Hungary’s central bank offered no surprise at its monetary policy meeting on October 20, keeping the benchmark interest rate at a record low of 1.35% amid a renewed return to deflation and a slowing economy. However, rate setters also pushed a dovish message further.
The move to hold rates was widely expected and is in line with the central bank’s guidance to keep monetary conditions loose for an extended period. That has been the message since the Magyar Nemzeti Bank (MNB) ended its latest easing cycle in July.
However, in the statement accompanying the rate decision, the rate setters offered more explicit forward guidance.
“If the assumptions underlying the bank’s projections hold, the current level of the base rate and maintaining loose monetary conditions for an extended period, over the entire forecast horizon, are consistent with the medium-term achievement of the inflation target and a corresponding degree of support to the economy”, the MNB said.
The forecast horizon currently spans to the second half of 2017. The recent return of weakness in inflation clearly prompted the more dovish note in the statement. Hungarian consumer prices sank 0.4% y/y in September, ending a four-month rising streak. CPI is not expected to rise towards the MNB’s 3% target until at least 2017.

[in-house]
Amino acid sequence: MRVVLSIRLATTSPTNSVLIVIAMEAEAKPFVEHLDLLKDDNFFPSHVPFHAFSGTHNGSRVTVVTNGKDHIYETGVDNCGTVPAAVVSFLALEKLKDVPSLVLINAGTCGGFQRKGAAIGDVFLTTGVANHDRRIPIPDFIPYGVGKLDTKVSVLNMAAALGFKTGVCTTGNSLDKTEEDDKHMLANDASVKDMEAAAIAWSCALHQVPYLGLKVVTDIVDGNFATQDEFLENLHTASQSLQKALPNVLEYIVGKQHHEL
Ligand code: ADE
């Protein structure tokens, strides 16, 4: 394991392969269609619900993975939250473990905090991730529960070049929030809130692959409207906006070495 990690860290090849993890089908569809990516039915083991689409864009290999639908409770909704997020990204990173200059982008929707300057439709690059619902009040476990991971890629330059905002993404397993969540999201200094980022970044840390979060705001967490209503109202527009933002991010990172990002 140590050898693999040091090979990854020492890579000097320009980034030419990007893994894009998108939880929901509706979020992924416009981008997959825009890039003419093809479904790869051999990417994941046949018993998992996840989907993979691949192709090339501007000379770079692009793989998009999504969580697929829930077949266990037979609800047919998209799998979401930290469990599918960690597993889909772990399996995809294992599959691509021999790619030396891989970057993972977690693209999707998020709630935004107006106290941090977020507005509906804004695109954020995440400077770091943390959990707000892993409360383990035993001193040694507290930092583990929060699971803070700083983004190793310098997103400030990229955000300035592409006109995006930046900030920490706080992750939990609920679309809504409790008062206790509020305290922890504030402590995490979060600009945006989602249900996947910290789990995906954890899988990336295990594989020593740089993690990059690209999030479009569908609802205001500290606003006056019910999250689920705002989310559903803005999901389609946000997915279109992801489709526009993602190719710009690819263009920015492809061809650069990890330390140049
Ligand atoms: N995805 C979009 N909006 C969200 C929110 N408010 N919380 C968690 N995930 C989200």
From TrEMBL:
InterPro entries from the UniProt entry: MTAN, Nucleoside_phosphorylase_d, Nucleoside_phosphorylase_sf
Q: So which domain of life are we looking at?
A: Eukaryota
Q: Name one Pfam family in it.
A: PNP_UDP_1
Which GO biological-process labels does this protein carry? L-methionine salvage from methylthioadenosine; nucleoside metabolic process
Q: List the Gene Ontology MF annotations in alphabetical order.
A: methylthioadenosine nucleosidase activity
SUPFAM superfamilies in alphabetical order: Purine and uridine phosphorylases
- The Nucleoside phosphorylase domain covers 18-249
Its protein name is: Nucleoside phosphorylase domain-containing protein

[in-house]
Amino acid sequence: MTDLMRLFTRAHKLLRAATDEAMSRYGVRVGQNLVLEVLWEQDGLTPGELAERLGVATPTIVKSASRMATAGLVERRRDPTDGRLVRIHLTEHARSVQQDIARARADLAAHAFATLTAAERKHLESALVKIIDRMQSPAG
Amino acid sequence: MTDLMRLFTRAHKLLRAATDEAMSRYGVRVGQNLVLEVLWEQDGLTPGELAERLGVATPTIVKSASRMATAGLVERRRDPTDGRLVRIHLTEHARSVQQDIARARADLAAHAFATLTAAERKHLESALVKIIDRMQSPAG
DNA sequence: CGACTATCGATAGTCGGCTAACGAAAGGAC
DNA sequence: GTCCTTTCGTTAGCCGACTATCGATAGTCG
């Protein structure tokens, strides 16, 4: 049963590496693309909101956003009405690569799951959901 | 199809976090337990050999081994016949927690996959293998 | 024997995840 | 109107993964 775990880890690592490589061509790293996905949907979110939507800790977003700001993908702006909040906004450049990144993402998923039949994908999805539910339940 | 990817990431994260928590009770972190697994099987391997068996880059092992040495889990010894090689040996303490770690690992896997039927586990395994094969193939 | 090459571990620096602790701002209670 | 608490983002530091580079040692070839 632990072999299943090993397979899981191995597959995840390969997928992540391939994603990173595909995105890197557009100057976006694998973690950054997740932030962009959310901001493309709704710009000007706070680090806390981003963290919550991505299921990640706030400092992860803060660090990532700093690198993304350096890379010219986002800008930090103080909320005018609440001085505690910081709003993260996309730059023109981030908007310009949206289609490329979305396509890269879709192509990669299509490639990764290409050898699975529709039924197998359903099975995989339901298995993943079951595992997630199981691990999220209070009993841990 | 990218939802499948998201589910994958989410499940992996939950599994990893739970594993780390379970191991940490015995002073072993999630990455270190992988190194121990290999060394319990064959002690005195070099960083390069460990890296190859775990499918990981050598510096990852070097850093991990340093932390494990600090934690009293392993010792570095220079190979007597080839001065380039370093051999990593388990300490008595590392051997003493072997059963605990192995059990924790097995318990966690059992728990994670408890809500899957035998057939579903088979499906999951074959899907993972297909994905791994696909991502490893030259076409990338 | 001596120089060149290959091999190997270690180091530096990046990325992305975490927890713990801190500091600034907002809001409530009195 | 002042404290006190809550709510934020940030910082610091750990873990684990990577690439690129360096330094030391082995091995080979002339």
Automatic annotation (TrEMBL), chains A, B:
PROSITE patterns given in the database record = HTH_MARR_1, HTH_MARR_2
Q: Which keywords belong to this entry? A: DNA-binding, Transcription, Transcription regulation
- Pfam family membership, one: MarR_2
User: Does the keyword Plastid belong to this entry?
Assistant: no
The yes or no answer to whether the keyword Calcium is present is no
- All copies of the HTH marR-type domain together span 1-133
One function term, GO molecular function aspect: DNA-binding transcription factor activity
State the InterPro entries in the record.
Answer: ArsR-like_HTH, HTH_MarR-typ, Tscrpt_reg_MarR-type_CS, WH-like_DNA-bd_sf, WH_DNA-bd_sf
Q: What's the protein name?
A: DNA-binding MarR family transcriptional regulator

“If inflation continues to undershoot the MNB’s forecast, then rate cuts may come back onto the agenda over the next few months," William Jackson at Capital Economics suggests. "For now, though, we are sticking to our long held forecast that the policy rate will remain at 1.35% throughout this year and next.”
Slowing economic growth is also becoming a worry for the MNB, analysts at KBC point out. GDP growth came in at 2.7% in the second quarter, the first time it has ducked under the 3% mark in two years.
Moreover, recent macro figures suggest the slowdown will continue in the third quarter. “The deteriorating economic outlook worries the government and the MNB as well. Although the phrase of central bank’s communication is still the inflationary developments, the decisions are influenced more by the economic developments”, the analysts say.
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